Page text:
In journalism there is a saying that “dog bites man” is not news, but “man bites dog” is, which is why a Jew writing a positive article about Israel has little shot of being published on the op-ed pages of The New York Times or The Washington Post unless they are a current or former government official. But if you are a Jew who wants to be famous, chew up Israel and you become an instant newsmaker.
It was not surprising then to read the utterly ignorant and embarrassingly ill-informed screed by Steven Levitsky, a professor of government at Harvard, and Glen Weyl, an assistant professor of economics and law at the University of Chicago, on the Post’s op-ed page
The piece starts out as all such self-righteous articles do with the pronouncement that the authors are “lifelong Zionists” to establish their bona fides as good Jews. This, they believe, entitles them to speak for the Jews about the welfare of Israel.
Moreover, as professors with no expertise in Middle East politics, they have no other qualification for their opinions. They are, of course, entitled to their opinions, but as two academics from world class universities you would think that they would offer more erudite and professional criteria for their expertise other than the fact that they are born Jewish. I also worry about the education students in the classes of these two professors are receiving given the inaccurate and misleading analysis in their article.
The article can be summarized this way: We hate Israel’s control over Judea and Samaria and believe it is a threat to Israel’s existence. Since we know better than Israelis what is good for them, we call on the US president to take steps to isolate and punish Israel until its leaders listen to us. We are publicly demanding Israel listen to us or face an economic boycott.
This is the same drivel that’s come from Jews on the political fringe like J Street and State Department Arabists that was encapsulated in former undersecretary secretary of state George Ball’s article “How to Save Israel in Spite of Herself.”
These professors may profess their love of Israel, but they devote their article to repeating the revolting and fraudulent accusations commonly made by anti-Semites. In comparing Israel to the racist period in South Africa, they show their complete ignorance of what life was like for blacks in that country compared to the treatment of Arabs in Israel.
People who denigrate Israel’s human rights record ignore what the Palestinians themselves say; namely, that given the choice, they would prefer to live in the “hell of Israel” to the paradise of “Palestine.” When Palestinian pollsters used to ask Palestinians in the territories what country they admired most, the answer they often got was “Israel,” which may explain why they stopped asking the question. It also helps explain why thousands of Palestinians moved into Jerusalem when the security barrier was built around the city to avoid being stuck in the Palestinian Authority. When polled, most of the Palestinians in Jerusalem say they prefer to live in Israel over a Palestinian state. Similarly, whenever anyone suggests a land swap of the predominantly Arab Triangle in northern Israel for most of the settlements, the Israeli Arabs reject the idea out of hand.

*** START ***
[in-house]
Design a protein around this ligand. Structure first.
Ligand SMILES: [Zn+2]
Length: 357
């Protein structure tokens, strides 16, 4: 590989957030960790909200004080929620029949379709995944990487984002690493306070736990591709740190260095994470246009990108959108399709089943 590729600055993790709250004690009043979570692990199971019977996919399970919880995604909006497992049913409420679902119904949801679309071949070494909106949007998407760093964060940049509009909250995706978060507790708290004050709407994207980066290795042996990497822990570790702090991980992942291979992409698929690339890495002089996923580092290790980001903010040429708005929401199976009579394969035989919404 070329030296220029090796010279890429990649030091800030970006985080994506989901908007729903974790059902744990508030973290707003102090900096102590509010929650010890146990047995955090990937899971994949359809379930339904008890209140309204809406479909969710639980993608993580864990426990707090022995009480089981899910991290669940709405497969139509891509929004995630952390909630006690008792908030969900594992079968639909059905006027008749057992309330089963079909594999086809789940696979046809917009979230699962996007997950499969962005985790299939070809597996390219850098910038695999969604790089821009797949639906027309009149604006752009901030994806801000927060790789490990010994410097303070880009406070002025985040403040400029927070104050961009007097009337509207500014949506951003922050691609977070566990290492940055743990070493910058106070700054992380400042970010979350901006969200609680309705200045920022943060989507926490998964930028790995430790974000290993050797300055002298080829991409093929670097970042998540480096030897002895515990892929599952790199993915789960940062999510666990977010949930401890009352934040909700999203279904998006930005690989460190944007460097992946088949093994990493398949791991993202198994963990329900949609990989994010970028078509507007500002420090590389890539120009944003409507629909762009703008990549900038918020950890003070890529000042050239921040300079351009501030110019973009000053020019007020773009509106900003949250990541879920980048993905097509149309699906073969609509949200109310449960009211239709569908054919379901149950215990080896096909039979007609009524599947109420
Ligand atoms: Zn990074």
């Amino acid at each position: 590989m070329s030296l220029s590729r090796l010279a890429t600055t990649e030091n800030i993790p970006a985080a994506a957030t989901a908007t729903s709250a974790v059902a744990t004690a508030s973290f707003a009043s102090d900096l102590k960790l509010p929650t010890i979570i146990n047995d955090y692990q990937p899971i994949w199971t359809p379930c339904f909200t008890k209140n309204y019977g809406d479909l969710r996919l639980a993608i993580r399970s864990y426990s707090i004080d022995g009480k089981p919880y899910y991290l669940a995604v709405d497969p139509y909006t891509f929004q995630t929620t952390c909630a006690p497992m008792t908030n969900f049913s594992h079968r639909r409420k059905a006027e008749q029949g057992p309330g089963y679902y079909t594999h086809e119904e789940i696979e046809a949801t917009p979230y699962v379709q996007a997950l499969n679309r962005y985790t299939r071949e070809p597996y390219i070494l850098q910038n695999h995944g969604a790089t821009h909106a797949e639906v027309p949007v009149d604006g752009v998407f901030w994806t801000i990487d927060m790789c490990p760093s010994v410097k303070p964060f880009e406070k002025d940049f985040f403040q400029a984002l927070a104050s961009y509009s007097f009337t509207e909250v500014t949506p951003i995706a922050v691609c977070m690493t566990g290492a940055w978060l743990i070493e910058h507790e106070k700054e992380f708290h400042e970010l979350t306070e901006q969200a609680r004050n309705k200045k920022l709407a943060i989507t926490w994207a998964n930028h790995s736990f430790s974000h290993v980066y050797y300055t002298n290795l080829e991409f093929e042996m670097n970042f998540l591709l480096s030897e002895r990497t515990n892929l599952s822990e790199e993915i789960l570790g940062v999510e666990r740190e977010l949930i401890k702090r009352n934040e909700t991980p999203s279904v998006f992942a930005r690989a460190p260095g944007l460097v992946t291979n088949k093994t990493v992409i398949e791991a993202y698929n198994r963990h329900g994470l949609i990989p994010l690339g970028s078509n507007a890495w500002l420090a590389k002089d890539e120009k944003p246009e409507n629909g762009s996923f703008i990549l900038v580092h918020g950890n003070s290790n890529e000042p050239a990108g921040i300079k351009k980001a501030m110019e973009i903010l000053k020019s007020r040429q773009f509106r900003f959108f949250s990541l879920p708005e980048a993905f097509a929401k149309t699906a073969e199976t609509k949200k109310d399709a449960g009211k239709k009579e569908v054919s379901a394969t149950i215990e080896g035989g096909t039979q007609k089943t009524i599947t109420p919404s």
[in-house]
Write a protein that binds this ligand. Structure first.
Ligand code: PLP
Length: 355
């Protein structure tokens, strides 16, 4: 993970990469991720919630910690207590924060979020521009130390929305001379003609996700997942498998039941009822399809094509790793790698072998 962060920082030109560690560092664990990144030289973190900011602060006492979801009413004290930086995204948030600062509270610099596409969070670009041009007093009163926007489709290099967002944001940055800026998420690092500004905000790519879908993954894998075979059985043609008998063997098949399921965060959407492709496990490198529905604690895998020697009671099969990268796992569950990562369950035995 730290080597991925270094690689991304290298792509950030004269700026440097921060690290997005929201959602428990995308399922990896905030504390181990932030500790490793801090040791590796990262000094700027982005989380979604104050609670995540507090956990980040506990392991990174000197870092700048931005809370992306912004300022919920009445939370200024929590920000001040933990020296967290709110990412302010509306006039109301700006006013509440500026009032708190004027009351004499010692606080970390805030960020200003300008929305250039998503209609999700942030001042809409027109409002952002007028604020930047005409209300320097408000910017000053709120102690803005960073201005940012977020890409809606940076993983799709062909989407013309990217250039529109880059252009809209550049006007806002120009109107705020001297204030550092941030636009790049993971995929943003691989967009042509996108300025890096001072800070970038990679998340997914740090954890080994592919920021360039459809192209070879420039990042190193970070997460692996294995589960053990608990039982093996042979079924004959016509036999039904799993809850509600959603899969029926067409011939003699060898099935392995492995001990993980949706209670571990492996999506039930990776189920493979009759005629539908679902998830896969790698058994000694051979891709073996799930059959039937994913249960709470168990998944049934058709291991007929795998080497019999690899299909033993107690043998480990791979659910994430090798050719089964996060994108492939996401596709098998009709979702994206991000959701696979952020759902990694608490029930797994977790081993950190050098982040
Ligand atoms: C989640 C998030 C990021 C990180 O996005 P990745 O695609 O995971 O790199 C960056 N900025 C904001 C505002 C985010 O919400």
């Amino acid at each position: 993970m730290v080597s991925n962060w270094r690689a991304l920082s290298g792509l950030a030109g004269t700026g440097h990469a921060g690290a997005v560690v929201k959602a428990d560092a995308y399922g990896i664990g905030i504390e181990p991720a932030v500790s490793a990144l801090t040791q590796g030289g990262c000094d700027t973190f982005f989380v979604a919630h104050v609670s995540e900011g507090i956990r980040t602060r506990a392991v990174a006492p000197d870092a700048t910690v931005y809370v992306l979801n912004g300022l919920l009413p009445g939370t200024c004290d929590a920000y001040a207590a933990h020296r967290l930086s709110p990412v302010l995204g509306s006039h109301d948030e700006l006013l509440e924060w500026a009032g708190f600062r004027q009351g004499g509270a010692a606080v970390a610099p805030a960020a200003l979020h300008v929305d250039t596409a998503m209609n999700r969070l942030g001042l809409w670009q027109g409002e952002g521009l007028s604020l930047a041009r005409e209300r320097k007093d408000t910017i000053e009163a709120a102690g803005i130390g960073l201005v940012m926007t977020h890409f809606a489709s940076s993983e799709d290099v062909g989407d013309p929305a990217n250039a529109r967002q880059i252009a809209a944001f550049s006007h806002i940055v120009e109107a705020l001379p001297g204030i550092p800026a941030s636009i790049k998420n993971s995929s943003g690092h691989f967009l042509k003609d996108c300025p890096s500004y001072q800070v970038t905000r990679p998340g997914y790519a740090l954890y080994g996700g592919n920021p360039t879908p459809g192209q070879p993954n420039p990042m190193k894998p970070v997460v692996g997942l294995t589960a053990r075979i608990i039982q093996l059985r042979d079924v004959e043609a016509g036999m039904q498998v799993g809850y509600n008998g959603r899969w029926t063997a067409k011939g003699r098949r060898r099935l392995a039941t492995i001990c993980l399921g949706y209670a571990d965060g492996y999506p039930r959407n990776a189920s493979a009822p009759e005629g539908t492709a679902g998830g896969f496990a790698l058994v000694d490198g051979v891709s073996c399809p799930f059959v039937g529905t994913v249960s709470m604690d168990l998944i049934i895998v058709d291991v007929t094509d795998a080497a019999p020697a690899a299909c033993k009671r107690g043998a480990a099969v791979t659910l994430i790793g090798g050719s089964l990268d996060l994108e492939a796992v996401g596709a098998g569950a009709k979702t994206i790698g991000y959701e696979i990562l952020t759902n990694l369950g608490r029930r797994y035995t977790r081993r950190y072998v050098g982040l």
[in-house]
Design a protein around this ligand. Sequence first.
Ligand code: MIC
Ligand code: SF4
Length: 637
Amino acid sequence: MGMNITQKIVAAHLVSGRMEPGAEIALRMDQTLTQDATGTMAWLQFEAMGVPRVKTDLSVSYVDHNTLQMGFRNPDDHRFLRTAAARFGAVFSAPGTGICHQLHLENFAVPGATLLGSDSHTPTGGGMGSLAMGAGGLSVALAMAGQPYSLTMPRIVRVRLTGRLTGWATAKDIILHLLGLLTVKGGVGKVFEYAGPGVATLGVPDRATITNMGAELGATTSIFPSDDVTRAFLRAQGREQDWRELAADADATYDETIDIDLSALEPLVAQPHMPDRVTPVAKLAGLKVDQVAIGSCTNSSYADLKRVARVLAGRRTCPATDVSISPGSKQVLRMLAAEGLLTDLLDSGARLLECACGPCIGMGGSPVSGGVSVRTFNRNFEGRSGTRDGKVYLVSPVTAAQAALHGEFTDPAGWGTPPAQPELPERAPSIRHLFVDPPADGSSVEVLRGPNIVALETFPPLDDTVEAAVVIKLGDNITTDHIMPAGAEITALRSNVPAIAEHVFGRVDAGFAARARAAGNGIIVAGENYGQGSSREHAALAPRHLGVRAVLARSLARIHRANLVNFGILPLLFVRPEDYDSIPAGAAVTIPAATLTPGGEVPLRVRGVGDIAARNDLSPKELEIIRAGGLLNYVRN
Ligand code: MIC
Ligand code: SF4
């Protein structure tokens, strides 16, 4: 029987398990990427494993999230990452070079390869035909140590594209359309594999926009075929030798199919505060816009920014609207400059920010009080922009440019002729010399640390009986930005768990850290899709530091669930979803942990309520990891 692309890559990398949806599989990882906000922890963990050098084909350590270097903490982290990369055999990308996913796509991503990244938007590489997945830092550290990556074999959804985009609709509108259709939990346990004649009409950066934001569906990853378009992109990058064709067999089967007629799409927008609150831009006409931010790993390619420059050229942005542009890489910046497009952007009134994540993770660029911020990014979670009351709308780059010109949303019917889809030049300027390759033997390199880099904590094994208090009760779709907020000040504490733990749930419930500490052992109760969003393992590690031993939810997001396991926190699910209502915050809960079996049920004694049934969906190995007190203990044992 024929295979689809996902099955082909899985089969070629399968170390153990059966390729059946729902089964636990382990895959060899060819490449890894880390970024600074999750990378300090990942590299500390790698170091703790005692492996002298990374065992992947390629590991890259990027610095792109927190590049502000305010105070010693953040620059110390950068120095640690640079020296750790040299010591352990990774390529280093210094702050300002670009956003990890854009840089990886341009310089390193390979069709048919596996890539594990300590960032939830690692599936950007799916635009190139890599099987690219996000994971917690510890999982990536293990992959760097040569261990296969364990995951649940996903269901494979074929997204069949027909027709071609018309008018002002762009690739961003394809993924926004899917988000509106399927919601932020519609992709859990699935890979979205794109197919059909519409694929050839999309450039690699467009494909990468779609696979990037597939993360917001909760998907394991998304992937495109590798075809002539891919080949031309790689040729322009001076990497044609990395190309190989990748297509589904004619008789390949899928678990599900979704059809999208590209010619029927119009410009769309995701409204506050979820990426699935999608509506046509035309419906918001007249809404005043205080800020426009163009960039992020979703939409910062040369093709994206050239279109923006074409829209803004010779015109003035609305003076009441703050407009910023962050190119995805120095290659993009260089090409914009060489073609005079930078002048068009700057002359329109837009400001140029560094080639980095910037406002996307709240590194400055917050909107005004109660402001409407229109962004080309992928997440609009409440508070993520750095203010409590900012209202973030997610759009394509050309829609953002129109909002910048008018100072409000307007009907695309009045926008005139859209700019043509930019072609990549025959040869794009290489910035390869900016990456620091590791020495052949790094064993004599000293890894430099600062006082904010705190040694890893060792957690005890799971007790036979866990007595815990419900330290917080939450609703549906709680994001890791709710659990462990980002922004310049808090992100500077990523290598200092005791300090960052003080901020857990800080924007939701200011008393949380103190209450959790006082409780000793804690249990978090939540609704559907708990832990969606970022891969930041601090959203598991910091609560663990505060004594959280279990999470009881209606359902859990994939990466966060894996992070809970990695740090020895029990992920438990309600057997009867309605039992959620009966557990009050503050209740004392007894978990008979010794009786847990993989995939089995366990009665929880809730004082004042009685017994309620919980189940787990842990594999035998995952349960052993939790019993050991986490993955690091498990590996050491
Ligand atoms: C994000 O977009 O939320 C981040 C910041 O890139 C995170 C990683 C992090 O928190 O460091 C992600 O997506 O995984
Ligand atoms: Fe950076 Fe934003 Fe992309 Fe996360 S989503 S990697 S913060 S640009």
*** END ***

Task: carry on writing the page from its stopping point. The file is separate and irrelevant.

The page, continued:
How do you explain the fact that so many Palestinians would prefer to live in Israel if it is the horrible place that our Harvard “Zionist” says it is?
The answer is simple. Israeli Arabs enjoy equal rights under the law in Israel, and Palestinians in the territories see how Israel treats them and contrasts that with how they are abused by their leaders in Gaza and the West Bank. The rights we take for granted – freedom of speech, freedom of religion, freedom of assembly, women’s rights, gay rights, voting rights – are all guaranteed to citizens of Israel and denied to Palestinians living under the tyrannical rule of PA President Mahmoud Abbas and Hamas.
Levitsky and Weyl lament the growth in the settlement population, but they leave out the context. When the Palestinians were first offered a state in 1937 and then again in 1947, there were no settlements and yet they rejected independence. Prior to 1967 no settlements existed and yet the Arab states were unwilling to make peace. When former prime minister Menachem Begin offered Palestinians autonomy during the peace talks with Egypt, the settlement population was about 10,000, and they rejected this offer as well. In 2000, prime minister Ehud Barak offered to dismantle more than 100 settlements and cede roughly 97 percent of the West Bank to the Palestinians for a state, in addition to making compromises on Jerusalem, and Arafat rejected the deal.